“I know how you feel. When I was a 6th grader, I would have died for the teacher to look at my paper. I perfected the cover up. I’d never look at the teacher directly, and I never dared to raise my hand, for fear of being–wrong.”
I gave this little speech to my students a few days ago as we began a discussion on bravery. I knew we were about to dip our feet into uncharted waters with this lesson. Not that we haven’t discussed the topic before, but because my plan for the week included learning a new technology and deeper instruction into the art of public speaking.
The students I serve live in a rural area, and many of my students struggle with poverty. As a result, they often come to school with little knowledge of technology outside of gaming, and many have poor grammar skills. At the beginning of the school year, I spent countless classroom hours instructing many of my students on the basics of computer usage, such as where to find the start button, navigating the Internet, cutting and pasting, saving and inserting pictures. During our lessons, I hopped from one student to the next, answering many of the same questions time and time again. At times, I thought, “Whew, this is tiring.” However, I never gave up. I stayed the course, because I was determined to offer my students the same education that other students are currently receiving across the country under the Common Core State Standards.
According to the Common Core State Standards (CCSS), 6th grade ELA students are to master typing a three page paper in one class sitting, publish their writings on social media such as KidBlog, collaborate with other students via social media about their writings, use multimedia components in presentations to clarify information, and interpret information presented in different media formats. This is what the Common Core calls for, but I believe many educators want to abandon these standards, because at a glance they seem too rigorous, but are they? I would say they are not.
Today’s students should be moving passed the classic “poster board project”. I used to do those while I was in middle school, and honestly, I was never asked to use poster board as a public relations professional, nor in any other job. However, I did need to write well, speak clearly and fluently, and be able to utilize and adapt to new technologies. These are real world needs.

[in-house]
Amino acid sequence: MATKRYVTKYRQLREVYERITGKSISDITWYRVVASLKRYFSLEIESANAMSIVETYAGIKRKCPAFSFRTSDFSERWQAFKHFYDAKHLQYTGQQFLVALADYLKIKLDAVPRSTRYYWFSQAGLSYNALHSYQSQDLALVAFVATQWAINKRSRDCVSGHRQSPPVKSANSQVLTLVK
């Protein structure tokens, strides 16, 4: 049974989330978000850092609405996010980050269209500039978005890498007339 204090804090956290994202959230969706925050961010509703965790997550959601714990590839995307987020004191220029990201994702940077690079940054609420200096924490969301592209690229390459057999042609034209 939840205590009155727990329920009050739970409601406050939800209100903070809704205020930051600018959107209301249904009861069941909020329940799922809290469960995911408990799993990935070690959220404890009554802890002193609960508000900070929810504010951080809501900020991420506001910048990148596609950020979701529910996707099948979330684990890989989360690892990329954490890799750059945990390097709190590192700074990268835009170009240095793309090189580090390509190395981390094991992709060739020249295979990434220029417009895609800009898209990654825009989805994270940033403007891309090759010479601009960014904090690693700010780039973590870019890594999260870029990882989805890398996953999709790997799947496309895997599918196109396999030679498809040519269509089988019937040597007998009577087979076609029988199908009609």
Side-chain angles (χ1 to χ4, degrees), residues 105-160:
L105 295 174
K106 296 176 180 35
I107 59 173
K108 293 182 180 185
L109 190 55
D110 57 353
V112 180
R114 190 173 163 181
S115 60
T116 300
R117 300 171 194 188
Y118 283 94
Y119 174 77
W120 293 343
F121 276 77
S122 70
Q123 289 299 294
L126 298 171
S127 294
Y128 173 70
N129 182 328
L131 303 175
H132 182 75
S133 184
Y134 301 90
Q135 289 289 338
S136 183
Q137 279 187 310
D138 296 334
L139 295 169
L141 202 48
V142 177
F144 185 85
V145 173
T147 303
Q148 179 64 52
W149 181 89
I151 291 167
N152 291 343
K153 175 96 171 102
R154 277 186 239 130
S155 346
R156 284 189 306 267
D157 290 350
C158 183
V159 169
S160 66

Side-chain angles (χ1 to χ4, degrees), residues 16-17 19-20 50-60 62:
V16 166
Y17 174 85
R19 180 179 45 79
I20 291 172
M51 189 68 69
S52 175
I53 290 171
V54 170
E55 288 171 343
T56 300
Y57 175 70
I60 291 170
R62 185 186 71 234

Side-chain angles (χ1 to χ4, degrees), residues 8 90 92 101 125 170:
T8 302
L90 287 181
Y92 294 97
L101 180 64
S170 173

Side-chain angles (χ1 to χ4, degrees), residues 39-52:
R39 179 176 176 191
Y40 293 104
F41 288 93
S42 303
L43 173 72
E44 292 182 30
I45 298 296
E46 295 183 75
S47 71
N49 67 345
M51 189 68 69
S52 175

So, what does this mean for me, and any teacher who educates at-risk students? It means, we, as teachers seeking excellence, must be patient, and allow our students to explore, and ask as many questions as necessary, knowing that the students will get there. We must dedicate ourselves to their rights, as students, to a proper education, and know that they will conquer these standards.
However, patience cannot be underscored. Yes, this week, as I introduced a new presentation tool, called Haiku Deck, I answered a thousand questions, from, “Mrs. Farmer, how do you spell haiku?” to “Mrs. Farmer, how do you log in?” The students ran up to me constantly. But, honestly, I loved it. They were engaged, and excited to learn something new. I was happy to help them.
Yes, the Common Core is tough, but it’s not impossible. An education that transforms lives is a thousand mile journey that begins with a single step. Patience and faith in our students abilities is a great place to start.